Ron is posting a sequence of pictures of rocks on his desk (“Deskcrops”) and today’s struck a chord. I first went to Gore Mt. on a mineralogy trip in 1997 on one of those typical northern New England / New York spring days. We had sun, rain, snow, and cloudy conditions during at least one point on the trip (several of them while actually in the upper mine!). I was wearing my green rain jacket, which to this day still has garnet shards in one of the upper pockets due to all of the small garnets I picked up while in the mine 🙂
My return to Gore Mt occurred as part of a trip at Vassar in 2007 under slightly more favorable weather conditions (sunny, but cool). I have no idea whether I took pictures during the first trip–if I did, I can’t find the prints / slides–but during the second trip I ran around trying to look all the different garnet textures present. So, I’ll post a few pictures from the trip & try to explain what’s going on. (Apologies for some of the picture quality–this was the first semester with my new camera & I was still figuring some things out.)
As Ron mentioned, the garnets have several different types of rims surrounding them. In some cases, you can see differences for the same garnet:
The variety of rims are most likely due to variances in the bulk composition of the rock as you move around the outcrop. In rocks that are more hornblende-rich, all of the plagioclase would have been used to form garnet leaving hornblende rims around the garnet. In regions where the rock was more plagioclase-rich, garnet growth would have consumed a large percentage of the present hornblende and left a plagioclase rim around the garnet.
Besides the variation in rims (both in composition and width), the other thing that fascinated me on my second trip was the variance in garnet sizes.
I believe the size variation is due to the presence / relative absence of fluids in the system during garnet growth. In situations where diffusion is relatively quick (high temperature and/or high amounts of fluid present), large garnet porphyroblasts are more likely. When the diffusion is slower (lower temperatures and/or low amounts of fluid present), the various components that are needed to grow garnet can not diffuse as far and thus add onto the closest garnet they can find resulting in the growth of lots of little garnets. So, some of the rock had a larger amount of fluid available (large garnets), while other regions were drier. The assumptions I’m making is that all of the garnets grew at about the same time in the rock (which is probably fair since there aren’t any major faults) and that we had lots of nucleation sites (probably due to rapid overstepping of the garnet-in reaction). In the larger garnet region, many of the nucleation sites simply didn’t get enough components to keep growth and ended up dissolving back away or merging into another larger garnet.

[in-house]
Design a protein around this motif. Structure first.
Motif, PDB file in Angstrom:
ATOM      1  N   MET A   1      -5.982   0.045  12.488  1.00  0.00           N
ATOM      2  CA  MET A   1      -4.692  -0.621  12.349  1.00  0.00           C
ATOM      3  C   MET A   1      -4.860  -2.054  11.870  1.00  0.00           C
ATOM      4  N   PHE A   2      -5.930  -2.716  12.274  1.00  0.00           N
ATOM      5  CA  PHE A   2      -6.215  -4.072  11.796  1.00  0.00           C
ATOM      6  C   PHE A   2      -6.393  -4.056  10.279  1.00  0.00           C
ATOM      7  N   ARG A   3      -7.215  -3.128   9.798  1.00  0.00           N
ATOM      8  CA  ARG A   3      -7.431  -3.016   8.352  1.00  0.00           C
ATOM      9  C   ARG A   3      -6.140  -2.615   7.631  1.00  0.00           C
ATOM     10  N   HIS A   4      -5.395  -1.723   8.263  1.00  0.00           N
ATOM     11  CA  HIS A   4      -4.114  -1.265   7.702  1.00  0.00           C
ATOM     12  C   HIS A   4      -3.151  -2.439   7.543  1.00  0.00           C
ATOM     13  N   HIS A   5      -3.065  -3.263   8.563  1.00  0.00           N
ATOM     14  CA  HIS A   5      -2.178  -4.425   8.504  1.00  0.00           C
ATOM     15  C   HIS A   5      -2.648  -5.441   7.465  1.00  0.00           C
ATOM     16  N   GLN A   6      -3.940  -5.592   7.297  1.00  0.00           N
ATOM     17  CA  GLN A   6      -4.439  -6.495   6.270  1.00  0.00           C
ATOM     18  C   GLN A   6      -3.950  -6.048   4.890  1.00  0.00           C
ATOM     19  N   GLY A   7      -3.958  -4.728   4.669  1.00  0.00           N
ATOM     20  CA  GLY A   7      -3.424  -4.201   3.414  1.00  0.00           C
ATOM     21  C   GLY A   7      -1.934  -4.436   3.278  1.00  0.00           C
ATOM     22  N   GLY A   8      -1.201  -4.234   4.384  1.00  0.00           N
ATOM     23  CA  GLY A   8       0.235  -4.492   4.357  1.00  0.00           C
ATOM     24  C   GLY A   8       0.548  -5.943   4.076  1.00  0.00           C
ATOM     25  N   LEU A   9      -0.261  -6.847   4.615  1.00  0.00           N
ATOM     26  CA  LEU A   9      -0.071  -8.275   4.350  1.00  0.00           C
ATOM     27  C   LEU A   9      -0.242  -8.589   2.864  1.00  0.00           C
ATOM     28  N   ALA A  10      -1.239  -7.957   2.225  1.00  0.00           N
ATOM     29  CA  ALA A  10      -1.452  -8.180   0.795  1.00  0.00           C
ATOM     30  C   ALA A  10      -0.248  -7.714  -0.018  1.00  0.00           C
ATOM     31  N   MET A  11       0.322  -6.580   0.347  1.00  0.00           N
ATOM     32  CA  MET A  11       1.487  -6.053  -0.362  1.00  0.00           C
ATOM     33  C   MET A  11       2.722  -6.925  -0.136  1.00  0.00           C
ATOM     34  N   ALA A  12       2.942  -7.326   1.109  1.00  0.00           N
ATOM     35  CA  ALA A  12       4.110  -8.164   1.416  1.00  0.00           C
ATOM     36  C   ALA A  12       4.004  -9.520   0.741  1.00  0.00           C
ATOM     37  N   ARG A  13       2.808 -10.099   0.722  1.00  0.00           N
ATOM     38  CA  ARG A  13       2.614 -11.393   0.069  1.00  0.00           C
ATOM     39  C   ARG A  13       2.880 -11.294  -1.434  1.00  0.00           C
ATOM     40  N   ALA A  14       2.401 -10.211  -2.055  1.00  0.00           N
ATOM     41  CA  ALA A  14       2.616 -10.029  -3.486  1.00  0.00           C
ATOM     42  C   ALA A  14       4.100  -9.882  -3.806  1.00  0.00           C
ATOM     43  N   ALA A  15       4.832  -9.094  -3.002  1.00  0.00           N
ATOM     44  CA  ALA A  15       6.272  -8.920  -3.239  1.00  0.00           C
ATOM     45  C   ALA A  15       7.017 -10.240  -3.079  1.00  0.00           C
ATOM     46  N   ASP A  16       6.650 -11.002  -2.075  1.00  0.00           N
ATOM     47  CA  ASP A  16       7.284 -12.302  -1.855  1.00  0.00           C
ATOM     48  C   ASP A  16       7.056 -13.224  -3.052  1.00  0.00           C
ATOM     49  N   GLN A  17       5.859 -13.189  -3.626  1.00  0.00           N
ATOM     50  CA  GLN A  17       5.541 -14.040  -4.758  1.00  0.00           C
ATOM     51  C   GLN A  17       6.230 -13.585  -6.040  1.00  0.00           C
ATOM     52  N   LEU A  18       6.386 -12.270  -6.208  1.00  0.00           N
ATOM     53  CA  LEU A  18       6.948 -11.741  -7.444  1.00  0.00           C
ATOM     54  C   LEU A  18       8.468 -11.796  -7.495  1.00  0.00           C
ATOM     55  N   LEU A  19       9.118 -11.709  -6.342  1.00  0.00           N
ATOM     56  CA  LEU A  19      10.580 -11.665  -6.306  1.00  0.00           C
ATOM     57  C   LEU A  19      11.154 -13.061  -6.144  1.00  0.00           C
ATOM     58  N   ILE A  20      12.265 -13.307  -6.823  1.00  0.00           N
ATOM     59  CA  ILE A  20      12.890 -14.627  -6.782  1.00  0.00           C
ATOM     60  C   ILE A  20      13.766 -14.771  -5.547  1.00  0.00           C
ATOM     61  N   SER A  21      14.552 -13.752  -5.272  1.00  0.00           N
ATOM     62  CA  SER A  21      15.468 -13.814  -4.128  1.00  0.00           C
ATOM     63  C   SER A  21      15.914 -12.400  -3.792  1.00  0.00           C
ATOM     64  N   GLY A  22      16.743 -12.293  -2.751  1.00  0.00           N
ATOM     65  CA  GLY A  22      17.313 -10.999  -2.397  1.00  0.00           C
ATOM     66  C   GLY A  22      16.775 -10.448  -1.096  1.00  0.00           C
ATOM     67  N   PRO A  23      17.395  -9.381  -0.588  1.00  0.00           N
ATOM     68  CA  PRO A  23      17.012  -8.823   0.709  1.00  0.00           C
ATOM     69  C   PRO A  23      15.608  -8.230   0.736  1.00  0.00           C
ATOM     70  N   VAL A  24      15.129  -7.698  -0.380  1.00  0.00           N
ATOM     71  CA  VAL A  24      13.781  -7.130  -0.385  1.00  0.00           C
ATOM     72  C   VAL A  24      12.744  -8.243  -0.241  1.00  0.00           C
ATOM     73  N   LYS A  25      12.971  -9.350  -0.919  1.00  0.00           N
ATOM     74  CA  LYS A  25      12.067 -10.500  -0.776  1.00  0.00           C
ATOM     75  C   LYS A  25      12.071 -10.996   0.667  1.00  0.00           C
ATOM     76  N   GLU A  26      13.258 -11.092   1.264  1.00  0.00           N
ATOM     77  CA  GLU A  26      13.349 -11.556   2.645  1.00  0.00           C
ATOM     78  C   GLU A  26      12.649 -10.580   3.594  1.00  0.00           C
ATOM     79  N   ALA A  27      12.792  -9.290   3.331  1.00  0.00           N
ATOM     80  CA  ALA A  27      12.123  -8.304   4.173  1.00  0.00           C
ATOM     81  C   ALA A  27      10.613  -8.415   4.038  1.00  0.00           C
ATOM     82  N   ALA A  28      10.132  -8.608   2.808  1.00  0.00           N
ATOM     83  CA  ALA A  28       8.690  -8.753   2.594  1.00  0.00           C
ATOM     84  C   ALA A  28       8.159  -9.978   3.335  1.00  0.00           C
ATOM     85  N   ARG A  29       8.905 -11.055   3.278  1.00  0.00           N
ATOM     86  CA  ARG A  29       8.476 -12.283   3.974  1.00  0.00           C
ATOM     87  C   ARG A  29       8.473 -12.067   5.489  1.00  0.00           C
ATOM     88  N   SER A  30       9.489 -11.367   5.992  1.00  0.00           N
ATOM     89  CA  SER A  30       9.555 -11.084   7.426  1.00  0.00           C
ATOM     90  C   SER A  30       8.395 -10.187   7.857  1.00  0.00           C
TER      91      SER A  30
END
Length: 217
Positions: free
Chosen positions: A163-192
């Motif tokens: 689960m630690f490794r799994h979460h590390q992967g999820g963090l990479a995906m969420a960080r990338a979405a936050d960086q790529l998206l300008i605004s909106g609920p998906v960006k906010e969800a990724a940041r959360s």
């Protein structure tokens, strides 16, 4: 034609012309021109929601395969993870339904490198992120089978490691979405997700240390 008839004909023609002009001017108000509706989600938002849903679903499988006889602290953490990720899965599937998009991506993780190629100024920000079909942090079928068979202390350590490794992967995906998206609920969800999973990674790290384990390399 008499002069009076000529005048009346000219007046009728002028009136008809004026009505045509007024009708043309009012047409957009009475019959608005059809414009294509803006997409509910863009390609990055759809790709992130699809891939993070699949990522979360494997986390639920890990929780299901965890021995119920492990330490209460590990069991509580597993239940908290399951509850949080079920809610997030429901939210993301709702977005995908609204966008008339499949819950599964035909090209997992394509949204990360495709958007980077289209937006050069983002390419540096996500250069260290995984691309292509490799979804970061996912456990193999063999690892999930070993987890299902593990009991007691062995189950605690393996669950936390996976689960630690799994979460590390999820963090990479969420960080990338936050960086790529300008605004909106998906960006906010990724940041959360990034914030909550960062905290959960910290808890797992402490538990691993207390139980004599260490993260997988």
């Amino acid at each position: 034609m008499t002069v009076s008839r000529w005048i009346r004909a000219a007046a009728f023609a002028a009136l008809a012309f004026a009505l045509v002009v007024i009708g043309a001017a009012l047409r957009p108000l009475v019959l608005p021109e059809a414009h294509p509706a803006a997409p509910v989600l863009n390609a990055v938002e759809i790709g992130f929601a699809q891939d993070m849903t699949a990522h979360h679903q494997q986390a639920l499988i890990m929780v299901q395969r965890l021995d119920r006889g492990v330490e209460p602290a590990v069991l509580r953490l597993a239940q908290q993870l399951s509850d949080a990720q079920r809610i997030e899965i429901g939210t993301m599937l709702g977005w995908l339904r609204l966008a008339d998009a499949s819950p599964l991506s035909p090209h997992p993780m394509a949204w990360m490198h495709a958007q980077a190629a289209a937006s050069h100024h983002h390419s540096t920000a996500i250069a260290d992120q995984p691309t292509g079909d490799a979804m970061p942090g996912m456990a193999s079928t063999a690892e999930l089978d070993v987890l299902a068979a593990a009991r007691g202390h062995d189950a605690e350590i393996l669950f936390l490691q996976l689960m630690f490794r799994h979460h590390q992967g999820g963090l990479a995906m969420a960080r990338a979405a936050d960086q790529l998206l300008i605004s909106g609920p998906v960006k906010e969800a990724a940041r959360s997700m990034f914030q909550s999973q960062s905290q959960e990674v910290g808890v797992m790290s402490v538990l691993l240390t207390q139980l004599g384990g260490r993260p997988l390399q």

At Gore Mt, the garnets are simply everywhere, which is why the mine has been used a prime source of non-jewelry grade garnets. The garnets have been used for a variety of purposes including sandpaper (garnet has a hardness between 7.5 & 8.5 depending on composition, so its harder than quartz sandpaper) and other abrasives. Maybe my favorite application is that you can buy slabs for kitchen counters:
Gore Mt is open to the public, but you will be taken to the lower mine on the general tour. Geology groups should contact the mine directly to arrange to access the upper mine (which has better garnets & exposure in my opinion).
Final parting shot is of the floor of the upper mine, but both look like this. When the sunlight hits the garnets, the floor of the mine looks blood red. Very, very cool.